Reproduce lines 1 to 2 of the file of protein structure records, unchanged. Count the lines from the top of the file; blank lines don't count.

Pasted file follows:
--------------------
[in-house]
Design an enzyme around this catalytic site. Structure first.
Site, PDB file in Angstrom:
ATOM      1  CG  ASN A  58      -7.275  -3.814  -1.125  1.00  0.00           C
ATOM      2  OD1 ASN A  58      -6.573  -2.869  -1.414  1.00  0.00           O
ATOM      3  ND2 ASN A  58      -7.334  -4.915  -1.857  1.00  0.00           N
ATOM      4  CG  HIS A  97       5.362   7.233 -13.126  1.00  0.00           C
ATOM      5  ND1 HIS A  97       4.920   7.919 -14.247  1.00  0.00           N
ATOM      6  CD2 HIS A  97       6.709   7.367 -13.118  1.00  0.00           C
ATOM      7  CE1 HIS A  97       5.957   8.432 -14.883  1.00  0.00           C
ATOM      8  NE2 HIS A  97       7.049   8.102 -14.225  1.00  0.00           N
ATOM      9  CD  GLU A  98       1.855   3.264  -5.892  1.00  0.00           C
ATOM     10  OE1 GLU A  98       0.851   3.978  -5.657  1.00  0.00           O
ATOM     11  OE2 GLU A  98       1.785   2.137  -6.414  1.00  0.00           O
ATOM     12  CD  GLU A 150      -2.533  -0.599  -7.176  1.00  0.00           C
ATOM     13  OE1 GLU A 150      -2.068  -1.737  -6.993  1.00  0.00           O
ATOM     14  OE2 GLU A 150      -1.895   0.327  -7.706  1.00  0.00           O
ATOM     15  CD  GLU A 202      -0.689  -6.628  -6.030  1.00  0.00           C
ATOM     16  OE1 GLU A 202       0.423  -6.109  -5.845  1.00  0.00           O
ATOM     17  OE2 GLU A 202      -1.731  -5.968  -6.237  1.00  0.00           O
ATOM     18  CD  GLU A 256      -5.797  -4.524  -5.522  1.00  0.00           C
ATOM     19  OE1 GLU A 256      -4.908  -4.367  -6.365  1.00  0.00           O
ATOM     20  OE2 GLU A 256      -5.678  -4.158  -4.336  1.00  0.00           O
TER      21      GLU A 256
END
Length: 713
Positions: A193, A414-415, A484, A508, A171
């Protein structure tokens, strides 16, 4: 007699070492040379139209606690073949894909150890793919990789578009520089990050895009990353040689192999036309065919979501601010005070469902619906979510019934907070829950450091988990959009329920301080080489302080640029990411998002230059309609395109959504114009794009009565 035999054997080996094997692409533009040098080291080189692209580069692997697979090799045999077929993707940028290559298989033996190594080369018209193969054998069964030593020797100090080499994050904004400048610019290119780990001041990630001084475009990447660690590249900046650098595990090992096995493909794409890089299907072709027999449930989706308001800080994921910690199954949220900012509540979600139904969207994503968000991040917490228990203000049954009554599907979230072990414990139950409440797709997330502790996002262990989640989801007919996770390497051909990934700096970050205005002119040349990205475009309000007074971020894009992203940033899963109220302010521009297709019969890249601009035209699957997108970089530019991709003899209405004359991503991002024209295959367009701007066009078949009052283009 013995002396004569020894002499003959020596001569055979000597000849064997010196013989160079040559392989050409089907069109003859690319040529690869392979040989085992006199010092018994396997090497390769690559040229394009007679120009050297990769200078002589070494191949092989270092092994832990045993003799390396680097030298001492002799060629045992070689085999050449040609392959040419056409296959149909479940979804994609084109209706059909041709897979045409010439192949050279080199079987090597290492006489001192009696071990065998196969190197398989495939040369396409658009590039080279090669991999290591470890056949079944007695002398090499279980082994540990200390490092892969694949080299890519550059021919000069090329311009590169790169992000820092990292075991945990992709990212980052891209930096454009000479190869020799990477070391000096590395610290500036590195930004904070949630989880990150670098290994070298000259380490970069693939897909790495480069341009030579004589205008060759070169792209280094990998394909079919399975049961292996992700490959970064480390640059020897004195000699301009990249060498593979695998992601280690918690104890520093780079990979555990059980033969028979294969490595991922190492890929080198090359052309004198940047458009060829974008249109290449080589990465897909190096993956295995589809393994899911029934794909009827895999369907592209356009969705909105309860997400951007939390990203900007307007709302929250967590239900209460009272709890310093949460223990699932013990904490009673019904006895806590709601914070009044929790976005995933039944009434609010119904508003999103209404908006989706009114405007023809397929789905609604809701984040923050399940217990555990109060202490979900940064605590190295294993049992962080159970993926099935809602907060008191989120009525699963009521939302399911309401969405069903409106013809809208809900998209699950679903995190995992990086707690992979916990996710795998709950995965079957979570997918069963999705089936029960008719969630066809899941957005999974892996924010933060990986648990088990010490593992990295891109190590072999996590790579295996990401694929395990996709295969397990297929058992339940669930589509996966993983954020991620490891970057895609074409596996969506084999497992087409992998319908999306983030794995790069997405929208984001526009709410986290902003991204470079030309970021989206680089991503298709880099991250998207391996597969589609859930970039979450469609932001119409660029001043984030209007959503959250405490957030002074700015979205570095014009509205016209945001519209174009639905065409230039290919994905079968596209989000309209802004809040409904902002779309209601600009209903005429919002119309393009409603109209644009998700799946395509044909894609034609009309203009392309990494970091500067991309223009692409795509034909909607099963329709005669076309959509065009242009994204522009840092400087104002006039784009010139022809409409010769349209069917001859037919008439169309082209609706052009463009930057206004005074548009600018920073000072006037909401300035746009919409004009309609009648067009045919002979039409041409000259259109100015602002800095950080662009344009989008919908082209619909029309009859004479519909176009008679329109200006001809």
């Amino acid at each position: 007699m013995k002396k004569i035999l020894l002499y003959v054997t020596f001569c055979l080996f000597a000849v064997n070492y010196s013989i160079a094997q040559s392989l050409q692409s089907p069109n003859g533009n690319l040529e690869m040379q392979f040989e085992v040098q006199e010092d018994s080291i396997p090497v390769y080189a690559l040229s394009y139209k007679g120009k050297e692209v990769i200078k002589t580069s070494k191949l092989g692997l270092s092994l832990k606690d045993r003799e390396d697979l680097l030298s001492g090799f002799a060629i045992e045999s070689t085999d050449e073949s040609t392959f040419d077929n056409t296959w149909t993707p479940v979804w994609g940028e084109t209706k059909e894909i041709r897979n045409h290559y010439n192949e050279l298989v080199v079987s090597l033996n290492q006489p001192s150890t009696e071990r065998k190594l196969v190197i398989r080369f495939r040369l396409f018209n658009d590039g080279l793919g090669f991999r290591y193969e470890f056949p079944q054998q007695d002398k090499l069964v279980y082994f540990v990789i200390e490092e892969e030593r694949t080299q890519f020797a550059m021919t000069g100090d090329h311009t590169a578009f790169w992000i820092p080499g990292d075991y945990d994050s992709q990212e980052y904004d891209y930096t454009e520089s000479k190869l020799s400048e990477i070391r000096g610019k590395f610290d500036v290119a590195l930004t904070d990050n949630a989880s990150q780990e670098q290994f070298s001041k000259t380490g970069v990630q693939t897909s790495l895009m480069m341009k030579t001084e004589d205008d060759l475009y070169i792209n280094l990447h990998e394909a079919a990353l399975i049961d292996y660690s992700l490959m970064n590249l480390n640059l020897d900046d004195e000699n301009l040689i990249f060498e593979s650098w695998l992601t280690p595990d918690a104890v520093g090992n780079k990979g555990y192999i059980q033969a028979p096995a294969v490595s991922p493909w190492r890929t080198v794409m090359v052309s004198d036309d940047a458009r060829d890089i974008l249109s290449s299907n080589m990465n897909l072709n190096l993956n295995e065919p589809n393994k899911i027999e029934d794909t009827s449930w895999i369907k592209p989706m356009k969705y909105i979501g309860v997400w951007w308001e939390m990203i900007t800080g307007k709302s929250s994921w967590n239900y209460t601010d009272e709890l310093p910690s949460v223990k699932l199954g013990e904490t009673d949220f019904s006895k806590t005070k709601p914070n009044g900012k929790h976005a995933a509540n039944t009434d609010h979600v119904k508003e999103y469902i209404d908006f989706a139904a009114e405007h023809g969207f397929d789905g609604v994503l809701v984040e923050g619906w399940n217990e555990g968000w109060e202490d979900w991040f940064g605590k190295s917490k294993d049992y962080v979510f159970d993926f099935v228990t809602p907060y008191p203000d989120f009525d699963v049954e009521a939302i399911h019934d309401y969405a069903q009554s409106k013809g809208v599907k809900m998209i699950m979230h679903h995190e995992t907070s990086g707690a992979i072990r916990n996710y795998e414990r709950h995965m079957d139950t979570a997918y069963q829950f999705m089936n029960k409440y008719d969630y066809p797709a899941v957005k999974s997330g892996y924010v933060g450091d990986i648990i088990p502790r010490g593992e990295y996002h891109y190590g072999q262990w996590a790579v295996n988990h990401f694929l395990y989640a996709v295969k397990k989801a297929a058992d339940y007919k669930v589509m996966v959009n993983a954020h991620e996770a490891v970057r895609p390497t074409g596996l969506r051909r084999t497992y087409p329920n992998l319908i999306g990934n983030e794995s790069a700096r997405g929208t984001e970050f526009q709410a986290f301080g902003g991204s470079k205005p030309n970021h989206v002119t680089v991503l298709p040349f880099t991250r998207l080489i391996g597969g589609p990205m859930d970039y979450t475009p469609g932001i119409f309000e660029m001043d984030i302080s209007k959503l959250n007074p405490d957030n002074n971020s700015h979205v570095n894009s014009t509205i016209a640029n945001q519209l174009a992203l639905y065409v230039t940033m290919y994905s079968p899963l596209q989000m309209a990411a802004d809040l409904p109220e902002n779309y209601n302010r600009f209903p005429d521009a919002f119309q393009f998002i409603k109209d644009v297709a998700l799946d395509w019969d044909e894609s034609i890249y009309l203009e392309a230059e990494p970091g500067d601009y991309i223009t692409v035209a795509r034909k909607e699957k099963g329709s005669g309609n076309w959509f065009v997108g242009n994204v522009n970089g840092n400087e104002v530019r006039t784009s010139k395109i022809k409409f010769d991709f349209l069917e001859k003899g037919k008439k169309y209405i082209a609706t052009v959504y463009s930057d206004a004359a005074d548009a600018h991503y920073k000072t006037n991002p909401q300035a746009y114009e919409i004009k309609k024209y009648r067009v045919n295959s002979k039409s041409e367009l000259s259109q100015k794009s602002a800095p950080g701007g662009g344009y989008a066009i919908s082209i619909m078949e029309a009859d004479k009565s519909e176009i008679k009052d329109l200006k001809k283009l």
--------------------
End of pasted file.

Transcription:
[in-house]
Design an enzyme around this catalytic site. Structure first.